Although Verizon arose in the context of restraining notices, it certainly implies that a levy of the customer would be equally ineffective. The prepayment scheme was neither debt nor property. Verizon simply makes express what Supreme Merchandise implied: not all contingent debts are property. (22)

Verizon also entails the second defect in the CPLR--the failure to associate the restraining notice with liens. Prior to the enactment of the CPLR, service of a restraining notice did create a lien. (23) In its first opinion on the CPLR version of the restraining notice, the Court of Appeals associated the restraining notice with a lien. (24) But, inexplicably, the Court of Appeals overruled itself by dictum. (25) Since then lower courts, with some exceptions, have insisted that restraining notices do not create liens. (26)

This defect should be corrected, but it would not actually have changed the result in Verizon. Even if the creditor in Verizon had obtained a valid lien against the customer of the debtor--because the customer-debtor relation was ABACO-style property--the result would have been the same. The deeper problem exposed by Verizon is that New York law allows for what most states prohibit--the triangular setoff. (27) This is accomplished in New York Debtor & Creditor Law section 151, which is the unacknowledged culprit in Verizon. (28)

Verizon brings a third defect to light: the restraining notice contains an after-acquired provision. (29) Not only is the garnishee restrained as to property she presently possesses or debts (narrowly defined) she currently owes, but also she is restrained as to debtor property obtained after the restraining notice is served, or debts that become due after service of the restraining notice. (30) But this rule applies only if, on the day of service, the garnishee possessed debtor property or owed a debt to the judgment debtor. (31) If the restraining notice was not effective at the time of service, it is never effective. (32) In the context of Verizon, the restraining notice simply did not cover the payment of a super-contingent debt. (33) When the contingent debt became vested a few days later (as the parties knew it would), the after-acquired debt principle in section 5222(b)'s third sentence did not apply because, at the time the restraining notice was served, the customer owed no debt to the judgment debtor and possessed no property belonging to the debtor. (34)

This article explores the weaknesses of the restraining notice, but also emphasizes its strength. The restraining notice is especially powerful when it is served on a third-party who actually owes a debt (narrowly defined) or who possesses debtor property. Serving a solvent third-party permits the judgment creditor to recover damages if the third-party violates the terms of the restraining notice. (35) Of course, the restraining notice must restrain, which is precisely what it did not do in Verizon.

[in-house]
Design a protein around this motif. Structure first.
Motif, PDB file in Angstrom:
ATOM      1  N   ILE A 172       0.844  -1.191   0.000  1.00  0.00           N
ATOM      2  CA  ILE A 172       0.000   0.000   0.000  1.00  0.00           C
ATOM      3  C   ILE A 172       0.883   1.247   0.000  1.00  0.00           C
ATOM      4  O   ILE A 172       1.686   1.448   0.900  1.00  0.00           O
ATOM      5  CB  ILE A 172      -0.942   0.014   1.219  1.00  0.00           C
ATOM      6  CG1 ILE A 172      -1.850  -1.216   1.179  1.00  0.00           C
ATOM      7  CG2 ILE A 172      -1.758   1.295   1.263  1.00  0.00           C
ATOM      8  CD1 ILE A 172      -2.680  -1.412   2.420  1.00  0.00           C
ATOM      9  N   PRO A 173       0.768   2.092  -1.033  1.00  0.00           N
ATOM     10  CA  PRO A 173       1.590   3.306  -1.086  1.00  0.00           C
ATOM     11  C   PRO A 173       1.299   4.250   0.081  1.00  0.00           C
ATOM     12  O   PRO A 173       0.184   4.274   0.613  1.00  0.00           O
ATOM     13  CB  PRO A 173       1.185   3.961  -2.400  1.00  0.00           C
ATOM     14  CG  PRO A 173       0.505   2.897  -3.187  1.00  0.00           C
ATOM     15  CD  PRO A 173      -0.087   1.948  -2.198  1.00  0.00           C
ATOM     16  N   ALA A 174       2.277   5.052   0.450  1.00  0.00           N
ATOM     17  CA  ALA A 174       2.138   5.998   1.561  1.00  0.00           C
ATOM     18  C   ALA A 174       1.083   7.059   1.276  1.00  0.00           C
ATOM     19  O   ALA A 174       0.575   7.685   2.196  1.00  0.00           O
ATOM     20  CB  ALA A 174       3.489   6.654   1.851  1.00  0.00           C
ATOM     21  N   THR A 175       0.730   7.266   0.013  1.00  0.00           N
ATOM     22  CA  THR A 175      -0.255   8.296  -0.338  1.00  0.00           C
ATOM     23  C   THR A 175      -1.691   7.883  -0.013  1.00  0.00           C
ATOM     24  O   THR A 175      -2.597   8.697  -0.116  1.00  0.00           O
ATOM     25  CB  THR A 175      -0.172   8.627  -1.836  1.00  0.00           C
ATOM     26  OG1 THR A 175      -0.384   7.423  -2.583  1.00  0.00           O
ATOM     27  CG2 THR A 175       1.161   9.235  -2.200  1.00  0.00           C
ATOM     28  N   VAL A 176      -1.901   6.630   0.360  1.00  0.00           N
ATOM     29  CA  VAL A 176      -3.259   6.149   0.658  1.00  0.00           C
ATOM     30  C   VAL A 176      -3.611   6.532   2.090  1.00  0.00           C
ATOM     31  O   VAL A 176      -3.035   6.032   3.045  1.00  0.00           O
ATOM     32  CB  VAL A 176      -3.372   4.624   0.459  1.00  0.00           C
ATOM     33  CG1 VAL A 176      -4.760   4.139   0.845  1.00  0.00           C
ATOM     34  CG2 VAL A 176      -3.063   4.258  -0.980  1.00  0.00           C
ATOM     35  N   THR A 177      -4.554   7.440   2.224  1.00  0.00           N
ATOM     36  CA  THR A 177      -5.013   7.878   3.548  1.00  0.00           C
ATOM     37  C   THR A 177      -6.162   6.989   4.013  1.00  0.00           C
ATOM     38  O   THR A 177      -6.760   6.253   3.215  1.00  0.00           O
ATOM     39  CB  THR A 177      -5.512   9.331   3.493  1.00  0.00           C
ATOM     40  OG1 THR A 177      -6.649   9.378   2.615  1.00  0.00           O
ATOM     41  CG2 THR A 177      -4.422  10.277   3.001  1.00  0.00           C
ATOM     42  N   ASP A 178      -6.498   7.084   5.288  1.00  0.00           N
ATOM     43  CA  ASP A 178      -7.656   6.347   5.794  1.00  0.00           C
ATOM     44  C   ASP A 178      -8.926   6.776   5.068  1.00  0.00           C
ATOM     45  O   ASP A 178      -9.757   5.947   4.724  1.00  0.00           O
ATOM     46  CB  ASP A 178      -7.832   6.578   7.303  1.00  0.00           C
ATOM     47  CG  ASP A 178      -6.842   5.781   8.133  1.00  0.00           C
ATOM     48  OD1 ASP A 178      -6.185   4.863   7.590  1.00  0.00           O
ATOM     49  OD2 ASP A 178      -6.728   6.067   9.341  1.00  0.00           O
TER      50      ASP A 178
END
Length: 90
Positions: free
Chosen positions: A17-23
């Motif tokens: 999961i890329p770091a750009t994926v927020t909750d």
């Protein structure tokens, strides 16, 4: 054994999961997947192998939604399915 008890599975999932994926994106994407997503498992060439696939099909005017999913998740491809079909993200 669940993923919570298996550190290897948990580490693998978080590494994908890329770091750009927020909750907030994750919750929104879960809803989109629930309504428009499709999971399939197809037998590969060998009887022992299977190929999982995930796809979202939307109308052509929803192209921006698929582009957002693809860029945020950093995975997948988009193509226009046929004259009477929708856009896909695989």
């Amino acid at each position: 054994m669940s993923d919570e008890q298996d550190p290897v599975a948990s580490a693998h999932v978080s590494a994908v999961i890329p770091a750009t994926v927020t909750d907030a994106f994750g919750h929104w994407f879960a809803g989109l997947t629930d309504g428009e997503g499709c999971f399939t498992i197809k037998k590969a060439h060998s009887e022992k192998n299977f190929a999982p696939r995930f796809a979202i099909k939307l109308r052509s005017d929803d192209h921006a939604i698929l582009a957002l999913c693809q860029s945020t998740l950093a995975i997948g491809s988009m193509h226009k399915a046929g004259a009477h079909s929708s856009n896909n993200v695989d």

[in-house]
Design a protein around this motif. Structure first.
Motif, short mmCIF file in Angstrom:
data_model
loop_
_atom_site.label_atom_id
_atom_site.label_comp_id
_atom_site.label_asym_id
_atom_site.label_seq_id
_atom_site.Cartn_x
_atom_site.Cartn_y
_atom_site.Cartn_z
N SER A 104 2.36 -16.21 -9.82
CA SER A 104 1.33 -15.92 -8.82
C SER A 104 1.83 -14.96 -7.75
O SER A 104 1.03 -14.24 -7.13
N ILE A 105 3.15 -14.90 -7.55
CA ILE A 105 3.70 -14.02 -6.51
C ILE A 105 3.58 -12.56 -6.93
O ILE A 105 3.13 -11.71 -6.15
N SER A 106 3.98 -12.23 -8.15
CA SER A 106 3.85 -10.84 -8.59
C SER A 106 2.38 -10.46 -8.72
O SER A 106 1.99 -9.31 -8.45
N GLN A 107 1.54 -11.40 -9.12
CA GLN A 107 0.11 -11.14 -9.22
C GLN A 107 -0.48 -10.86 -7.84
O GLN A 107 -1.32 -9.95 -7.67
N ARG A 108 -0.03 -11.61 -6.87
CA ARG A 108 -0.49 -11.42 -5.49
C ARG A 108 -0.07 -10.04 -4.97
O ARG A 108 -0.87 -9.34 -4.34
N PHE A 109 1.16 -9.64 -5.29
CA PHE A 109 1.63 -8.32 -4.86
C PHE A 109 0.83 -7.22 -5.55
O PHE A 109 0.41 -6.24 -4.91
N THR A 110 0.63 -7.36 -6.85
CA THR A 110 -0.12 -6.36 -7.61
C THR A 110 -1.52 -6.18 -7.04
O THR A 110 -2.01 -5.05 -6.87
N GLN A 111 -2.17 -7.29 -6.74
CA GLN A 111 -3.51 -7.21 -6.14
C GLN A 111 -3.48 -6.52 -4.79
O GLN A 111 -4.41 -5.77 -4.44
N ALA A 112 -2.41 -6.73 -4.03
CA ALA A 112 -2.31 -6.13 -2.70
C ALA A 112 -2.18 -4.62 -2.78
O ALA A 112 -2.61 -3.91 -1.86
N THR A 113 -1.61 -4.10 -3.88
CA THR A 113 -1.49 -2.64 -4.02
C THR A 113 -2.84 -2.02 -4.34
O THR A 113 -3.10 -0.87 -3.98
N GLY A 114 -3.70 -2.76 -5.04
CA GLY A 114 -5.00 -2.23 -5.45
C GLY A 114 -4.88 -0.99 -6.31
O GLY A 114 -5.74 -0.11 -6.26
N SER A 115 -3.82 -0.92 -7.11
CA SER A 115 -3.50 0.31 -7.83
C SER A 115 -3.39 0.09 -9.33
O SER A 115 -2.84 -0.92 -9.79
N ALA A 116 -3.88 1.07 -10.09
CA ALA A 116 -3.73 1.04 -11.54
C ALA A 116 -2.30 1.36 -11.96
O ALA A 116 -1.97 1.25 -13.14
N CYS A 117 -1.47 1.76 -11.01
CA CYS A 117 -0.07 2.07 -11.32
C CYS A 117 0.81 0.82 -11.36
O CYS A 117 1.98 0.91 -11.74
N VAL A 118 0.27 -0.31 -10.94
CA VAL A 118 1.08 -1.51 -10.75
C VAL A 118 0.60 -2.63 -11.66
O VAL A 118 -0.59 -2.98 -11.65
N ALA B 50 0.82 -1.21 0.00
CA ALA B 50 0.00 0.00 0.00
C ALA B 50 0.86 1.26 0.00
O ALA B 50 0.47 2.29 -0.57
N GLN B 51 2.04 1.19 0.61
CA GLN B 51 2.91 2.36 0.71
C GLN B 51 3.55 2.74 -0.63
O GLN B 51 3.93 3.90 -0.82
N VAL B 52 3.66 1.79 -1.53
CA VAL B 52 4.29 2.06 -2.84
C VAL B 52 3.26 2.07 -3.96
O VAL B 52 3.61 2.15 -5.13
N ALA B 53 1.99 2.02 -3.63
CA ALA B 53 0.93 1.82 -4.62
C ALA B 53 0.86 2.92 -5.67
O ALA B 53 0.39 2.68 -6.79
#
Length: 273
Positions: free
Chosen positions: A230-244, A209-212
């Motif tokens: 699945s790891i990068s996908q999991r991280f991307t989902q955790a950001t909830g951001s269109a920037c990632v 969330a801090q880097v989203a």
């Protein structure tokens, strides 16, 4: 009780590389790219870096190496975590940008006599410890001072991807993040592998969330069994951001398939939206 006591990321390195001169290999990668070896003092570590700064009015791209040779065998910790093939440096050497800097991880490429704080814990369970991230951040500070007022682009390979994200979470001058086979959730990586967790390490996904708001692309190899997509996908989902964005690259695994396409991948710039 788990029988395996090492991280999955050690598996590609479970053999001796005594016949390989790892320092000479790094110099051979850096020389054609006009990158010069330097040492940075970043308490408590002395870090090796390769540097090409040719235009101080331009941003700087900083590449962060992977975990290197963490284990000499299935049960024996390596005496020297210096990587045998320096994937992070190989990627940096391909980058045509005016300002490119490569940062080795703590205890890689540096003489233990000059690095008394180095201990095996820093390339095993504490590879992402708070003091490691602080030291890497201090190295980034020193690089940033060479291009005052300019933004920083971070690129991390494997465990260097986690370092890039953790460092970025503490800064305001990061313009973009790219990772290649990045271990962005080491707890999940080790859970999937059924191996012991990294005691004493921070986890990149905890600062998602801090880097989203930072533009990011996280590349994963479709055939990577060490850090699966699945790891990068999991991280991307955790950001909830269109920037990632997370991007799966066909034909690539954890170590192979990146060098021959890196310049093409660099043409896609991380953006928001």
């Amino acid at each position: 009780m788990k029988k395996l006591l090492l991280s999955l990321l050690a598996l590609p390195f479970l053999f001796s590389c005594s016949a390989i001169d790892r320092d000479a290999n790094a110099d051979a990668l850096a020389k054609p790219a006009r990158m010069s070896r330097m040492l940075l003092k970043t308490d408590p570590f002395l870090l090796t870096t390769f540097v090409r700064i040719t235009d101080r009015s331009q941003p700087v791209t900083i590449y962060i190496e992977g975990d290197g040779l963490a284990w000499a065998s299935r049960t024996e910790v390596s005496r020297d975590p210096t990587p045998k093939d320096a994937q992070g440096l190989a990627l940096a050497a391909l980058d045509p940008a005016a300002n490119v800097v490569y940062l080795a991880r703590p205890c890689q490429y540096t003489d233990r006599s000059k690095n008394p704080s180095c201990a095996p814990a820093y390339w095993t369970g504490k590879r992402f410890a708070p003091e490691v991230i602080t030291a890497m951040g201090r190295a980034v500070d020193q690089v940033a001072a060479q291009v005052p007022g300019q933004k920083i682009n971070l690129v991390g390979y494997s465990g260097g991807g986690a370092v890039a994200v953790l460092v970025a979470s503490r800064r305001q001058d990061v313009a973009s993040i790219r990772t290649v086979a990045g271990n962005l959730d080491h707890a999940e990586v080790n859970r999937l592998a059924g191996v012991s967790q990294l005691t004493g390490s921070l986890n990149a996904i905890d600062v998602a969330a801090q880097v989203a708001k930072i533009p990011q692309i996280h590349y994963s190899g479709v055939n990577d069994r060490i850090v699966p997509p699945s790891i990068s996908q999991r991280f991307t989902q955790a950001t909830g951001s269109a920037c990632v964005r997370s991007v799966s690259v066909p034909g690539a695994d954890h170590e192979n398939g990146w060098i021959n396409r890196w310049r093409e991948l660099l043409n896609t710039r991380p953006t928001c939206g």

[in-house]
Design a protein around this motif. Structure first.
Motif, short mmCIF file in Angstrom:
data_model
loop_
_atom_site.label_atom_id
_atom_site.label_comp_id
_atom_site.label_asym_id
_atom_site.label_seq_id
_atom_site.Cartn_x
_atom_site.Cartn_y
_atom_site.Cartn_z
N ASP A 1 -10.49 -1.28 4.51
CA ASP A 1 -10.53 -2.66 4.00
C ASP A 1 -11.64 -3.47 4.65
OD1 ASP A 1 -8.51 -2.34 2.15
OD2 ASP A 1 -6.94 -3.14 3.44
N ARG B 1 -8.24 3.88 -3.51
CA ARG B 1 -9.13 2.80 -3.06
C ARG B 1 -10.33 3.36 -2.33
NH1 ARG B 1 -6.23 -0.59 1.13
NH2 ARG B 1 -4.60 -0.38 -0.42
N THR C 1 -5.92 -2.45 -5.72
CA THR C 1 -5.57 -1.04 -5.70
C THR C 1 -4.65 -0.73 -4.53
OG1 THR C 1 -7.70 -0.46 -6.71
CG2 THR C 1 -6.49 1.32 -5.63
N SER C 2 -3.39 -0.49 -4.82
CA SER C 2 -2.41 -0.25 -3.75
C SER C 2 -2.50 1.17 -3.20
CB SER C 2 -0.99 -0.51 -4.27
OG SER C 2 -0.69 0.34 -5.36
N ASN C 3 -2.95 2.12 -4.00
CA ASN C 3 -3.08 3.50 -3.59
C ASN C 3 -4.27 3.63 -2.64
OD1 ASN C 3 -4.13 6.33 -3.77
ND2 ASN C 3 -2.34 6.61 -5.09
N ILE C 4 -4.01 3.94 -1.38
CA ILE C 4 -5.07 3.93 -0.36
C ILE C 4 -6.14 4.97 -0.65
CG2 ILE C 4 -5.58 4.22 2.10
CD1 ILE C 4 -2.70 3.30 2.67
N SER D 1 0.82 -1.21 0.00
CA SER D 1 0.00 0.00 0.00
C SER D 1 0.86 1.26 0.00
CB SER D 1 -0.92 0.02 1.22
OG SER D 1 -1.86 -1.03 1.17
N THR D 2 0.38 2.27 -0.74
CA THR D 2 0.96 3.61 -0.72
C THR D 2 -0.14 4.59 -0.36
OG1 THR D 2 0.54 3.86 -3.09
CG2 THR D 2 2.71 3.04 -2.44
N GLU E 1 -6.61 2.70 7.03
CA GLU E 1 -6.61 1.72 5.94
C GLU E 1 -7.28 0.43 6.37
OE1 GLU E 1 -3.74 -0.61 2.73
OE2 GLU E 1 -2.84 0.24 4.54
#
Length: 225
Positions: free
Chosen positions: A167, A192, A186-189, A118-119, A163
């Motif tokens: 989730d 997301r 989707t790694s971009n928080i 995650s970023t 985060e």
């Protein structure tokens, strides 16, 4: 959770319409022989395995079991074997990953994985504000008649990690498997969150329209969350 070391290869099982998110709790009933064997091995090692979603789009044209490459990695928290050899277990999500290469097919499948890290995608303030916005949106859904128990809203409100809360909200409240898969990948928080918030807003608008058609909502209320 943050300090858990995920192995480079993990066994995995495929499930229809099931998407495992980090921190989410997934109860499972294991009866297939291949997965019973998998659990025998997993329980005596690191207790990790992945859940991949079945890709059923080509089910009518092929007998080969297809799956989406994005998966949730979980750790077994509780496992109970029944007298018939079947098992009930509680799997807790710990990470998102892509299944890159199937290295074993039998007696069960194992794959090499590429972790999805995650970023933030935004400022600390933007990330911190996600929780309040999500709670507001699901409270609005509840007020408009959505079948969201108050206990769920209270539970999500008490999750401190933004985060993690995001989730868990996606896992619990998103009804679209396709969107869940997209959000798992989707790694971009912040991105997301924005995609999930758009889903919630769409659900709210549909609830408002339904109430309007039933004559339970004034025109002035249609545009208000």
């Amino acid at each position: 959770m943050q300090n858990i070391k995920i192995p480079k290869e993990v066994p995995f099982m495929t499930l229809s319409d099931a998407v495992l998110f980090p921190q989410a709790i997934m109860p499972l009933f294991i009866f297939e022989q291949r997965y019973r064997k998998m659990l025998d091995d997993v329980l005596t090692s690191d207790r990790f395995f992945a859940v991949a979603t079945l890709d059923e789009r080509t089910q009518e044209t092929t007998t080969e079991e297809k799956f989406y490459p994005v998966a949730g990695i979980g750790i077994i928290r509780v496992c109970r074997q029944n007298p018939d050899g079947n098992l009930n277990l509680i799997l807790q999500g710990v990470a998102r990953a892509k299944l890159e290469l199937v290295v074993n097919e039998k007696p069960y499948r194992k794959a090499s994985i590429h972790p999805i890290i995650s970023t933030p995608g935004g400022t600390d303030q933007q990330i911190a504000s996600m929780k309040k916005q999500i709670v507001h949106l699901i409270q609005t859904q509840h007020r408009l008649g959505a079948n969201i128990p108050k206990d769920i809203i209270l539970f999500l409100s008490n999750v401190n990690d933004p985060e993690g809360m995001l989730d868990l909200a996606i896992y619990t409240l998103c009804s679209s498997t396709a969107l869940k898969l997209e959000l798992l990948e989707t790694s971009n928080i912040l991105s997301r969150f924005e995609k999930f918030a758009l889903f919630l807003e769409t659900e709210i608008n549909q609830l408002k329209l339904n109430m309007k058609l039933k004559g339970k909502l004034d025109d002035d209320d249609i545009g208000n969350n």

This article constitutes the first full exploration of the New York institution of the restraining notice. (36) With most of the devices of debt collection, the intercession of a court or a sheriff is necessary. For example, only a sheriff may levy personal property. (37) Only a court may order the judgment debtor or third party to turn property over to the sheriff for sale or to pay a debt to the judgment creditor. (38) The restraining notice constitutes a quasi-exception to this judicial monopoly of debt collection procedure. (39) The restraining notice, to be sure, is a court order, (40) but the CPLR appoints the attorney for the judgment creditor as an officer of the court for the purpose of issuing such a notice. (41) As a result, a creditor's attorney can "costless[ly]" launch this important collection tactic without making a motion to any court. (42)

In exploring the strengths and weaknesses of the restraining notice after Verizon, this Article is divided into three parts. Part I deals with all aspects of the restraining notice, except for those restraining notices served on third party banks whose customers receive exempt income stream. Part I analyzes New York's unfortunately narrow definition of "debt" and how it plays havoc with restraining notices. (43)

Restraints on banks are governed by the Exempt Income Protection Act ("EIPA"), (44) enacted in 2008, which is considered in Part II. This legislation is designed to force banks to protect its customers who receive exempt income streams, such as social security payments. (45) Already class actions abound, claiming that banks are failing to conform to the EIPA. (46) So far these class actions have been barred or at least inhibited, on the theory that the legislature did not intend to authorize private rights of action under the EIPA. (47) This very question has been certified by the federal court to the New York Court of Appeals. (48)

In Cruz v. TD Bank, N.A., (49) the New York Court of Appeals ruled that banks who...